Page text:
The Beed's campaign for a sacrifice-free Dasain a couple of years back has now actually reached the streets. In a secular Nepal, the right to infringe on other people's beliefs and practices has become more important than the right to practise one's own culture and beliefs. The challenge is to strike a balance between animal rights and the right to worship, between the right to perform rituals in private and the right of reformists who do not want to see blood in the street.
Fareed Zakaria in his recent book, The Post-American World, describes a new world order of contemporary practices, such as corporate management, diplomacy and Islamic culture. The book paints a picture of a world that will leave religious dogmas and beliefs in place, but will also see the rise of small groups of fundamentalists. Perhaps, for secular Nepal, celebrating its first Dasain as a republic, now is the time to think about bringing in changes .
We should begin by considering whether a week-long holiday for a particular religion needs any amendment. Should the compulsory one-month salary bonus be just a festival bonus that people should have a choice to take at Christmas, Lhosar or Eid? Should the practice of bribing those in the corridors of power with bottles of booze be stopped, given that it has its roots in royal practices?
Dasain also brings about positive mood swings. Even families with few resources plunge into merry-making, knowing full well that debts will be piling up from all the expenses incurred. There is an atmosphere of conspicuous consumption and, for those who can afford it, a fair amount of wasteful expenditure. In an economy dominated by agriculture, dasain heralds the harvesting season?the time to convert the fruits of one's labour into money. For traders and the quasi-money lenders of rural Nepal, it is the time to 'profiteer' sufficiently to keep them afloat for the rest of the year.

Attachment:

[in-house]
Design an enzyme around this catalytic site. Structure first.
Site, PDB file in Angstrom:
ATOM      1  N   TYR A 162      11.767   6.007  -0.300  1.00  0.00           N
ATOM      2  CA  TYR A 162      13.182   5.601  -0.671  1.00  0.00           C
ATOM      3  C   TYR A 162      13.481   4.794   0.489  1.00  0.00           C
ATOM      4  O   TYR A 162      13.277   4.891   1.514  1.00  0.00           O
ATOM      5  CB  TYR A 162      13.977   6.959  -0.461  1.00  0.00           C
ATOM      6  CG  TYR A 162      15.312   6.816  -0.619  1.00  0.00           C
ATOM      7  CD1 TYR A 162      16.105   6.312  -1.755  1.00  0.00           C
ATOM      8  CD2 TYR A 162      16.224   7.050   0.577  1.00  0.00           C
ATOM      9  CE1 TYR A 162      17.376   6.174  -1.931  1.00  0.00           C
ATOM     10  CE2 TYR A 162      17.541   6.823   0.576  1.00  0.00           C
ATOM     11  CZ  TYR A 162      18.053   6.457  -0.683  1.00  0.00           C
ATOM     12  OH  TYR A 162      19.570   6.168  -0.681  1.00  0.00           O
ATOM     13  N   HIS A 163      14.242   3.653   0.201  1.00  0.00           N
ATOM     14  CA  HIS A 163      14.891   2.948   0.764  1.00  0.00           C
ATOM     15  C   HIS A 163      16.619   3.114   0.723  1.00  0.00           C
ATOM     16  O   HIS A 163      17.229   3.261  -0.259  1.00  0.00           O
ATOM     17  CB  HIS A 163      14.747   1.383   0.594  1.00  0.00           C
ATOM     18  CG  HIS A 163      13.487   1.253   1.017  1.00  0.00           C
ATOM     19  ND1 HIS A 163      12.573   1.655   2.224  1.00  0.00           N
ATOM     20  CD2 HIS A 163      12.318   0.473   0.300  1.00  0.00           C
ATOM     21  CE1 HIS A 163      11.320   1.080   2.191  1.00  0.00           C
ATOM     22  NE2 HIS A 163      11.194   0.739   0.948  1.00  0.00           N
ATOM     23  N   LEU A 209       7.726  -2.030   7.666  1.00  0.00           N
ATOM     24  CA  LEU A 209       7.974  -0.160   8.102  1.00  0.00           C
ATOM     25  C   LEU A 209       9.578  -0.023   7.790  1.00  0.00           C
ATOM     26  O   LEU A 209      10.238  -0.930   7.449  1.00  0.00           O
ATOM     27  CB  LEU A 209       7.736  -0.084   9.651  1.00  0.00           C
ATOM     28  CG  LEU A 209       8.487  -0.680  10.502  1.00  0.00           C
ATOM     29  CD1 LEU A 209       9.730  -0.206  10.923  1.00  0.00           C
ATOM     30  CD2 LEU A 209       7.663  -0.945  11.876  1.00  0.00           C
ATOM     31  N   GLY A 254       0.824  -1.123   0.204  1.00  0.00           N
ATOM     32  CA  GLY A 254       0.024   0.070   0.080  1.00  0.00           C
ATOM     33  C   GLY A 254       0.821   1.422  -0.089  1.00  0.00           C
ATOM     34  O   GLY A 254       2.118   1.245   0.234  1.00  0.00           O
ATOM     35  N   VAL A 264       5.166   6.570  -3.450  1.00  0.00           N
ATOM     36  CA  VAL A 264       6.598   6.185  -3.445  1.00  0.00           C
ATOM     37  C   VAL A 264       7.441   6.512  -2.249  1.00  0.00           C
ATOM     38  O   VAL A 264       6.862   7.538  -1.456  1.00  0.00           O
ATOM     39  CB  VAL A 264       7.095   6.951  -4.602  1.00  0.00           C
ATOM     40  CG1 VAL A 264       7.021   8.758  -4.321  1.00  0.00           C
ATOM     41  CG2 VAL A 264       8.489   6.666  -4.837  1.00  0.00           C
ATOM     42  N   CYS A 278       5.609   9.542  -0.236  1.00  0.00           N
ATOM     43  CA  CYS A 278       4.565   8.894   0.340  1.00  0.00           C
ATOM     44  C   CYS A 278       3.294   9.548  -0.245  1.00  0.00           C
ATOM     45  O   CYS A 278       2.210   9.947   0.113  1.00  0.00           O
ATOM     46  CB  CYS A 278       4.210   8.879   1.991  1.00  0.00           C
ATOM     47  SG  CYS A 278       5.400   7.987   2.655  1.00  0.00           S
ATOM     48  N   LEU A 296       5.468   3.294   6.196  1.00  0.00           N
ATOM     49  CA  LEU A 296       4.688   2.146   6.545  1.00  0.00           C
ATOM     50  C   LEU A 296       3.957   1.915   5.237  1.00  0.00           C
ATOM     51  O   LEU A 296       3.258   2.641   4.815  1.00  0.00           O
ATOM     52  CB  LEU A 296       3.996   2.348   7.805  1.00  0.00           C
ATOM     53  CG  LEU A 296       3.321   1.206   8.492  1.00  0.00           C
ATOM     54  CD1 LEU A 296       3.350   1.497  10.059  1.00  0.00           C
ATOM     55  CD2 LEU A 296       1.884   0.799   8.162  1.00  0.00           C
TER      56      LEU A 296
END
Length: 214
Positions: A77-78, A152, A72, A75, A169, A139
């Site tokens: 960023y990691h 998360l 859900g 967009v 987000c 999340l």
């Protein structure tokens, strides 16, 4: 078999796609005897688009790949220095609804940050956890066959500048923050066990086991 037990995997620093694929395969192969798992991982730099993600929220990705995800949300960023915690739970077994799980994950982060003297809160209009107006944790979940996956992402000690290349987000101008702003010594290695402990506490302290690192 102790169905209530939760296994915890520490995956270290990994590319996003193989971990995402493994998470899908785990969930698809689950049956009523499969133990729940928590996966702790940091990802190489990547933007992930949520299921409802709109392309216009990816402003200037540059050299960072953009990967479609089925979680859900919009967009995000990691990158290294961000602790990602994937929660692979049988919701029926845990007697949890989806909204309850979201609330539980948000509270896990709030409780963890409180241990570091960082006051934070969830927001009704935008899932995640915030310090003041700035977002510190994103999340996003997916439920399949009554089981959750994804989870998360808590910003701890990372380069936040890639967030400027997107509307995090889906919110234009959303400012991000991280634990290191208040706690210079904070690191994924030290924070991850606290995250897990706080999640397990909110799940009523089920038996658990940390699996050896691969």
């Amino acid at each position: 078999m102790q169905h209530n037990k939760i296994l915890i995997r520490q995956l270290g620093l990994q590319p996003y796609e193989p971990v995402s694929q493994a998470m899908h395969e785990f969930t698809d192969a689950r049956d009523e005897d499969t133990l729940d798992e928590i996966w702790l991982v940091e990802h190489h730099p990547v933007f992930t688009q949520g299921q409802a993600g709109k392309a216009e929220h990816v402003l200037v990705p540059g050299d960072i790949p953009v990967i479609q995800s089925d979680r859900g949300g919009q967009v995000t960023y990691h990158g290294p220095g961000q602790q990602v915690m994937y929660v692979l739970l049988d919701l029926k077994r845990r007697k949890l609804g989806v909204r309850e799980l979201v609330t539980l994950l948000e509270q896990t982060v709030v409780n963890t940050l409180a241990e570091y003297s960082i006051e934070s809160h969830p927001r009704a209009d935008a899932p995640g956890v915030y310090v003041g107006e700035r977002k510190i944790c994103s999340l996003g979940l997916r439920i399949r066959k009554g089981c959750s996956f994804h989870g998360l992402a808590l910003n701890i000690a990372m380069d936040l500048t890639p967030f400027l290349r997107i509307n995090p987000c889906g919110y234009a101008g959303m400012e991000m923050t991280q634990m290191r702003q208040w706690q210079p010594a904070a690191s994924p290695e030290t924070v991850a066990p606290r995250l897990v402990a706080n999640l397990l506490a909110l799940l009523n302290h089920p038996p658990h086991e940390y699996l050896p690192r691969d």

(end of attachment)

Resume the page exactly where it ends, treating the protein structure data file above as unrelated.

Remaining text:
This year, because of the delayed budget, dasain has given us the chance not only to review our personal finances, but also to look at the macro-economic issues. Furthermore, the nice September weather and the fact that dasain falls early this year, has meant that the festival coincides with the arrival of 'parachute consultants' trying to figure out the political and economic agenda of the new Maoist-led government in an erstwhile Hindu kingdom. The romanticised views of some donors for the current leadership may not be a healthy sign. It is important for the donors to test whether our rulers actually mean what they say in their wildly contradictory speeches.
Post-Dasain, the challenges are immense. The government's honeymoon period will be over. How does one increase agricultural productivity through economies of scale and at the same time promote reforms that will fragment land holdings? How does one decentralise the fiscal process when central resources have to be shared? How does one downsize an army that needs to integrate the PLA? How does one promote private enterprise while still trying to pour money down the public enterprise drain? How does one define a public-private enterprise? Will it still be a private enterprise forced to employ party cadres?
Let's wish ourselves luck, and all readers a sacrifice-free dasain.